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Assembling my first hive


#1

Hi all :). I’m finally putting my hive together. It has been fun but a Little’s daunting as I didn’t really know what I expected, but it was a little more involved than I thought. I haven’t started the roof yet, but that the plan for tonight when the kids are in bed.

Waiting on my tung oil to arrive. I finally called today after having bought it 10 days ago and the courier still hasn’t picked it up from Sydney which is annoying. Will probably still take a further week to get here since they only deliver on tuesdays and thursdays. Anyway, it’s all a bit exciting. Just hoping I can get it all sorted and still be able to get bees before winter, otherwise perhaps I have to wait till spring which would be annoying.


#2

-nice grain on the front of the brood box. That will look really nice when oiled.


#3

Oh yeah, I hadn’t noticed that. Was all task focused so far. I know I don’t need to do the tung oil, but I do think it will bring out all of those colors when it is done and look pretty.


#4

Does anyone know if there is supposed to be a gap in the roof, where the front panel meets the side panels? I’ll put up a couple of pictures to try to illustrate.


#5

…this looks odd…perhaps more photos from other angles needed. I can’t figure out what has happened from the photos posted…


#6
  • Ok , sorry…I see what you are saying now. Here are a few photos of mine in case it helps.


#7

to be honest, now that I have it all together, I don’t think it will be a problem. But yeah, it has left little gaps at each of the four joins. And it looks like they have changed the design of the roof as well. I watched a few to try to work out assembly, but I couldn’t find a roof the same as mine.

Also @Dan2 , I notice that you have sealant on the inside of the roof. Is that recommended? Hubby is concerned that where the screws go in on top could create a problem as well. I don’t know if the tung oil will help seal it, or if I really need to get some other form of sealant to help this withstand what can be really rainy times here in qld.


#8
  • they leak if not “sealed” on the joints in some way. One cause is the lack of lapping overhang between the joints in the top. In the old days in Australia, the roofs were shingled generally, and each shingle over the other one really covered a good portion of the one under it- if you get what I am saying. Water will blow under a joint a certain distance. The overhang between joints on the Flow roof is minimal. I used an expensive silicon adhesive - after all the oil had cured and after it had leaked a few times. What many are now doing as I understand it, with good results (@JeffH) , is using multiple coats of exterior paint - basically using the paint as a gap filler between the joints. I assume there needs to be a small gap between the joints for this method to work.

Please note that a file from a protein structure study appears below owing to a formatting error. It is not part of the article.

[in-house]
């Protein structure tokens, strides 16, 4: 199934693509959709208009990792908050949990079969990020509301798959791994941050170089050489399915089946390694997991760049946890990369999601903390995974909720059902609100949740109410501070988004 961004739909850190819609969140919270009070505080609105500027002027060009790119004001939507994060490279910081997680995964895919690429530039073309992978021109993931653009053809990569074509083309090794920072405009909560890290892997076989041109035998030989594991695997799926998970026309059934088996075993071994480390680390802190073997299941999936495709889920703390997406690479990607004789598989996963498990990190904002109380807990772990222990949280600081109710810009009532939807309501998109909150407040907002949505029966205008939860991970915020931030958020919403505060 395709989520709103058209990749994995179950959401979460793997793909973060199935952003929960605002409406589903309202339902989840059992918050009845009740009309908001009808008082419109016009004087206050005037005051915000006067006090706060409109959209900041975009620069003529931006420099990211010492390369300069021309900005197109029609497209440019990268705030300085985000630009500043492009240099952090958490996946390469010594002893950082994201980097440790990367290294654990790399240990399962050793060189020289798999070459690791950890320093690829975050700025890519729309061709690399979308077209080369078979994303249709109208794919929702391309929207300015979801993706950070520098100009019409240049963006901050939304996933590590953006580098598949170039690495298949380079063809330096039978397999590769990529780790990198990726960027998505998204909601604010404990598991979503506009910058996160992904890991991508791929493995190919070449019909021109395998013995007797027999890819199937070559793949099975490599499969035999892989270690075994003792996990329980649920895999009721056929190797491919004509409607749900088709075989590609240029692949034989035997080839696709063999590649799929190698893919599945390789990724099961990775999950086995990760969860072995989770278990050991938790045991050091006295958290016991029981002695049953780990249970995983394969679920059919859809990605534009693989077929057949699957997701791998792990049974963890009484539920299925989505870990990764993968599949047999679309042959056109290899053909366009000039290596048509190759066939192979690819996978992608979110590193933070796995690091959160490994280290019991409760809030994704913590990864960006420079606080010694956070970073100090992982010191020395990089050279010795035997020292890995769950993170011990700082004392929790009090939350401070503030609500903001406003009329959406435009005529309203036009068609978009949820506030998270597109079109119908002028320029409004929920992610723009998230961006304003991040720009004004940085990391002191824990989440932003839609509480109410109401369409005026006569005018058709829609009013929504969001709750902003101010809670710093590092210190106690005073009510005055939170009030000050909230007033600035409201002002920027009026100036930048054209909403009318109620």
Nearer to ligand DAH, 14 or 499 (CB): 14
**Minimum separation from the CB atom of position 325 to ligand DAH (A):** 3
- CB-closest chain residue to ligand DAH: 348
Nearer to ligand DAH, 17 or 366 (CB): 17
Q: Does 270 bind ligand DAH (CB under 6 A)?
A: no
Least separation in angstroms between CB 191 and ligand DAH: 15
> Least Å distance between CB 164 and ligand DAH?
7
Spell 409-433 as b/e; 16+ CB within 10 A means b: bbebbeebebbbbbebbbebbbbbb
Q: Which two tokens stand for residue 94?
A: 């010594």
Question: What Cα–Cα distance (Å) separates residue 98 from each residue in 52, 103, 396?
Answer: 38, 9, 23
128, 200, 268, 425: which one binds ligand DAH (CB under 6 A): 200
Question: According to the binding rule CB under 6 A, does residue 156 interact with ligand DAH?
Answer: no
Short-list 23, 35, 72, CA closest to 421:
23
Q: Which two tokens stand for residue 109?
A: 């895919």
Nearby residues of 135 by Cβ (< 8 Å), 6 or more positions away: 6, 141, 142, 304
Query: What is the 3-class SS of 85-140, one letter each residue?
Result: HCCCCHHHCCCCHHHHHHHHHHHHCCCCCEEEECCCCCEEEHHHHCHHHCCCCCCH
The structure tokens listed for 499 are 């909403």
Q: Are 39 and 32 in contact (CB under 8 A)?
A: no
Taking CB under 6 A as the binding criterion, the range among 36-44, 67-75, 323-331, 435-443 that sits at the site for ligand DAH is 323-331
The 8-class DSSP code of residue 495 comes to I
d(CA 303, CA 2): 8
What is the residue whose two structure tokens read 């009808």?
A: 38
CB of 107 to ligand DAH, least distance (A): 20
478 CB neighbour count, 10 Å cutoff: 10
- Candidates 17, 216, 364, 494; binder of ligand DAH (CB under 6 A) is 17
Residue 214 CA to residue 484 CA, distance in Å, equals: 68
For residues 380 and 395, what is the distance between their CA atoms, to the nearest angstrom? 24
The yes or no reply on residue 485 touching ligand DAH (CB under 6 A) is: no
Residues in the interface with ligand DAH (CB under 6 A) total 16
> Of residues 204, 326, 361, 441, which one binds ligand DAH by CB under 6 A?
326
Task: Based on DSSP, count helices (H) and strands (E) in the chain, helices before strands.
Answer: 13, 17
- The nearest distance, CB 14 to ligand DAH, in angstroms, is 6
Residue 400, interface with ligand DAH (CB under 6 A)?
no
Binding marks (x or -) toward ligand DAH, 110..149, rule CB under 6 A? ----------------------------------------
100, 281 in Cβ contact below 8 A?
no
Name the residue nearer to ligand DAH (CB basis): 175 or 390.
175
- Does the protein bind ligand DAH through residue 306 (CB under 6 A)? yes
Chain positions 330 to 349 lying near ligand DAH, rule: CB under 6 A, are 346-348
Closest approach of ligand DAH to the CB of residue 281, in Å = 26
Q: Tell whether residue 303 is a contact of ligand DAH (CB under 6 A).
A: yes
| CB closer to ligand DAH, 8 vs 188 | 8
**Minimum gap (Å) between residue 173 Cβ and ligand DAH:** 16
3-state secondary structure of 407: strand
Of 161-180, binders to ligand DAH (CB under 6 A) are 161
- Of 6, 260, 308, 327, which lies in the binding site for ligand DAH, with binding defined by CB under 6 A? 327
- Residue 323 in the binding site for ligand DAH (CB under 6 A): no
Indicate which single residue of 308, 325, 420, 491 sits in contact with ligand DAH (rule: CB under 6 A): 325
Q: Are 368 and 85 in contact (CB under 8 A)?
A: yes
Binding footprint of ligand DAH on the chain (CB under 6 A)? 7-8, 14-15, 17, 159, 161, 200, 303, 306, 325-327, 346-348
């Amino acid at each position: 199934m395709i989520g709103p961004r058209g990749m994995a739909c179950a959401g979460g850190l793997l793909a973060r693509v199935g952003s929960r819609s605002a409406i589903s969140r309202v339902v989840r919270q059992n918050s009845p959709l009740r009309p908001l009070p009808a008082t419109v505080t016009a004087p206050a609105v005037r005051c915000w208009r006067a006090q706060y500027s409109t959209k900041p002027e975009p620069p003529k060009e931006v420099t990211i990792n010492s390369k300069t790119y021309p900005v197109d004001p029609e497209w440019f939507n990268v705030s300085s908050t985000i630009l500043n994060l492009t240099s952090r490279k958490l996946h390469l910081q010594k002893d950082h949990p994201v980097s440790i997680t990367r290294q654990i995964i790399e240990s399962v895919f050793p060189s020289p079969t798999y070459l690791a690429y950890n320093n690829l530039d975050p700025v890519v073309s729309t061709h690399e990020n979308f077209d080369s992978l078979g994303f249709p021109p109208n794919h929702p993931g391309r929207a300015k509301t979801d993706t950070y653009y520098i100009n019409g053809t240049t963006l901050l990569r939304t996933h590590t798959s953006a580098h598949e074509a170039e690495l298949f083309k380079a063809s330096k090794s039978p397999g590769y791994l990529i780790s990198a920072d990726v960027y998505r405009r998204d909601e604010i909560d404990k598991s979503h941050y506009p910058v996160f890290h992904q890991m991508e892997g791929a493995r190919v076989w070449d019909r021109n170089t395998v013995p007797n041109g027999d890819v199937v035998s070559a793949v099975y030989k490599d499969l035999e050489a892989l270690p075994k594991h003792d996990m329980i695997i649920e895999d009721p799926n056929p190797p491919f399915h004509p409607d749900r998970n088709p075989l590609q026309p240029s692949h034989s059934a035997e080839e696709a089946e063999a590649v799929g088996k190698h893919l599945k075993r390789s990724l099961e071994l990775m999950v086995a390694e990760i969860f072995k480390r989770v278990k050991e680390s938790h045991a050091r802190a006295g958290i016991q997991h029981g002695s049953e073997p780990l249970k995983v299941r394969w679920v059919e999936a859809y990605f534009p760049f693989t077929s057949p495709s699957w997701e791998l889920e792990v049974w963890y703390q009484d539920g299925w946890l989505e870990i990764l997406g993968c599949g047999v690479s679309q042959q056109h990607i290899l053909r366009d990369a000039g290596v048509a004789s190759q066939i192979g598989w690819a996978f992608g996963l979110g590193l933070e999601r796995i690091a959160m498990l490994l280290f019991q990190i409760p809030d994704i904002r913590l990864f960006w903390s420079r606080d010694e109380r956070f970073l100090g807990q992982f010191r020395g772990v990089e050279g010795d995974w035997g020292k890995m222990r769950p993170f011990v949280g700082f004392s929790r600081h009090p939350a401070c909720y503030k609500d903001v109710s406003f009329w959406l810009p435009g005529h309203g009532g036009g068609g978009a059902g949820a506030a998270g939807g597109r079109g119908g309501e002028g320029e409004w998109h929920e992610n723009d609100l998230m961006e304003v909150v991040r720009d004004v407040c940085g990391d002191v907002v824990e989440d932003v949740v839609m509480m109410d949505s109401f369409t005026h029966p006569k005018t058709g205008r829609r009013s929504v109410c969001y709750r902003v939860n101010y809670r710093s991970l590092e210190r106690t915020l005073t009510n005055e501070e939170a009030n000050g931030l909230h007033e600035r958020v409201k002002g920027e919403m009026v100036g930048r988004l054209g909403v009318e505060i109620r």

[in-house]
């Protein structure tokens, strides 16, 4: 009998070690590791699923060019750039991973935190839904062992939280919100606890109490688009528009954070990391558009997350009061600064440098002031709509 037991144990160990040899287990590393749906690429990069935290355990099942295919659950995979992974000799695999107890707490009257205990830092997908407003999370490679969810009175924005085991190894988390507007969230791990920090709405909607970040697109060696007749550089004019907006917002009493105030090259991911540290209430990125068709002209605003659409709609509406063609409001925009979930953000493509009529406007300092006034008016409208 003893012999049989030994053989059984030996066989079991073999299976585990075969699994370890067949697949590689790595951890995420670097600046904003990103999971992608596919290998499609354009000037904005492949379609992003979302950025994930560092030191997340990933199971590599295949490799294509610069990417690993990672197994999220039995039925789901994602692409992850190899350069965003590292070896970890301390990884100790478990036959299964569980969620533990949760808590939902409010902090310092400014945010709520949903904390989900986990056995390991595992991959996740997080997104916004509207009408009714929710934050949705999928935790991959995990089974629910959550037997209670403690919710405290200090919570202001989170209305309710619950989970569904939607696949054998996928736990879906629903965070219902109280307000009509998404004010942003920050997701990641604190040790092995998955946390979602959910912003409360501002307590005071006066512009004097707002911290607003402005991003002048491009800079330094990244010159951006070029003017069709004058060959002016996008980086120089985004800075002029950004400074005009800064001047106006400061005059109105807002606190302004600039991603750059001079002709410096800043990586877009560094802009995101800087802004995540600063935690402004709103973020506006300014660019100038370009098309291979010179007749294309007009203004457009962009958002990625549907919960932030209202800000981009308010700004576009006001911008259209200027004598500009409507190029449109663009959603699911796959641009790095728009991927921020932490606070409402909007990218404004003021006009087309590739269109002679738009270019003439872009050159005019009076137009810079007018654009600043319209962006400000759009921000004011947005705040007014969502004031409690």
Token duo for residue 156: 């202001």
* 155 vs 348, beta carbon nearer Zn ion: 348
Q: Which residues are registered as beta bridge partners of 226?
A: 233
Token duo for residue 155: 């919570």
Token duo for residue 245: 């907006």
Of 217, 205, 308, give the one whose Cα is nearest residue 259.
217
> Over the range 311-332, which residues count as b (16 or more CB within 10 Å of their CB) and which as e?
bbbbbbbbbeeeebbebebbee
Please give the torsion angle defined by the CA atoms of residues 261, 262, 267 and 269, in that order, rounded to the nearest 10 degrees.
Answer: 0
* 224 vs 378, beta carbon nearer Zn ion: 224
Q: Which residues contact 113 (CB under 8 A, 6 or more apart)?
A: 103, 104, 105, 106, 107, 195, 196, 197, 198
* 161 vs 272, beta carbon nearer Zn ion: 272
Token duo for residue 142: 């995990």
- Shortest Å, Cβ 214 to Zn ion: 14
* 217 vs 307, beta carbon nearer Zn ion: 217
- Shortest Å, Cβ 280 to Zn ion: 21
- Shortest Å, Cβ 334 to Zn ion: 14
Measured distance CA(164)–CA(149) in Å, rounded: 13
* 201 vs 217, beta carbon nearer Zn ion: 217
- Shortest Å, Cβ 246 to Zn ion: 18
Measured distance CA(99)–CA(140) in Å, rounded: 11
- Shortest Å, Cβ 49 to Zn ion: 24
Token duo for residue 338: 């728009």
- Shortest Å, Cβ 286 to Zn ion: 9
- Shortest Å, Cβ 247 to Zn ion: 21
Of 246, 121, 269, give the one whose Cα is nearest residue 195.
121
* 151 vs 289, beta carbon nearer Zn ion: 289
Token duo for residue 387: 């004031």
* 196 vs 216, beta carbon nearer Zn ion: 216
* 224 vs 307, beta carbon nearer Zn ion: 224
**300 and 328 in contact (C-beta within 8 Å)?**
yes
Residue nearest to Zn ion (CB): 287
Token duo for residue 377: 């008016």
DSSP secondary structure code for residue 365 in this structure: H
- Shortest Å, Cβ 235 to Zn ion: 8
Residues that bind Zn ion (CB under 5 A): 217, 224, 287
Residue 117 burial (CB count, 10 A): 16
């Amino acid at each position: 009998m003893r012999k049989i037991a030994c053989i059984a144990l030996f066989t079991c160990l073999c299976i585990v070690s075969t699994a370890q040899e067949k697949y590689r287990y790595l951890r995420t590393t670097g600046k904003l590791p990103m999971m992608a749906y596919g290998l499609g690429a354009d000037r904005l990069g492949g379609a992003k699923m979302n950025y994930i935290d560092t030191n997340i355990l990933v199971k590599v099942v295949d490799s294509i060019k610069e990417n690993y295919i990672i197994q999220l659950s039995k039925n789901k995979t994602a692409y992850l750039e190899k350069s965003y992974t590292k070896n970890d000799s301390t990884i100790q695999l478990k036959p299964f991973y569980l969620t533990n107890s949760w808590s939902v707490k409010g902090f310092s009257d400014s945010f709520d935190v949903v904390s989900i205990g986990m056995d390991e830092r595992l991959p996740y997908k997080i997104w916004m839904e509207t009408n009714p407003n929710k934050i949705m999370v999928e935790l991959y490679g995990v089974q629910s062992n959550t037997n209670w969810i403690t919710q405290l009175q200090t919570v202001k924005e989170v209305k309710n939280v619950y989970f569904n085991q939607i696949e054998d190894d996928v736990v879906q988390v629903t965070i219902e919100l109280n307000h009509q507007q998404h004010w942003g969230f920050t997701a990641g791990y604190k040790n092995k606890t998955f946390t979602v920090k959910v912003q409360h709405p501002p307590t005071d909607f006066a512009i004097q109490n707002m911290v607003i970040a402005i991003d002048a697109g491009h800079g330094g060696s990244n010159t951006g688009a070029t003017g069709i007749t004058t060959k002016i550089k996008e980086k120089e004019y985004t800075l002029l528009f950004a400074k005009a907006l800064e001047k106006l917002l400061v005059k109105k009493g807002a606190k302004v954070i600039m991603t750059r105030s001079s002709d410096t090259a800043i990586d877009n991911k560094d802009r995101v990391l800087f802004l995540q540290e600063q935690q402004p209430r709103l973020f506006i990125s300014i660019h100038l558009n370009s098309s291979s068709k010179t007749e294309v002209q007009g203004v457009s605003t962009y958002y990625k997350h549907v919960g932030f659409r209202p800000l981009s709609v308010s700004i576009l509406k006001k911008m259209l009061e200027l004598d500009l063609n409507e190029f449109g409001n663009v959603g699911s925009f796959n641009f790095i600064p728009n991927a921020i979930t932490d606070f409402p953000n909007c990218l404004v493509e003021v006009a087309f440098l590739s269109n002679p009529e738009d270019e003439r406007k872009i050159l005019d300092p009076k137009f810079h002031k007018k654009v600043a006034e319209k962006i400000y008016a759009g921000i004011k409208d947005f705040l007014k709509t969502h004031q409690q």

#9

The tung oil won’t seal the gaps at all. I now paint the tops of even the cedar roofs with sealer/undercoat and then a couple of layers of water based house paint. The sealer/undercoat will seal the gaps well. I usually do the gaps twice with it.
Those little gaps you have inside your roof, I have them too. The bees will chase the SHB in there. You could fill the space with wood glue if you don’t like it.

The flow hive roofs get exposed to weather a lot obviously. At first I really wanted to maintain the wooden look, but now I quite like the look of my colored roofs in the apiary. I just paint the very tops and leave the rest tung oiled.


#10

I just got off the phone to @JeffH, and he told me that if I paint I should probably do white, but I’m thinking a light blue or turquoise to look pretty :joy:. Should be able to get my bees in a few weeks assuming my tung oil ever arrives and it has a chance to dry before then :roll_eyes:


#11

Yes lighter colour paint is best and will prevent leaks. We also attached stainless mesh to the top board hole, which the bees promptly propolised, but it means you can take the roof off without bees escaping, and you can place ant baits there also. I originally neglected to check the roof was square before screwing the roof shingles on and it wouldn’t fit on.Think I should’ve known better being a tradesman😀
Good luck.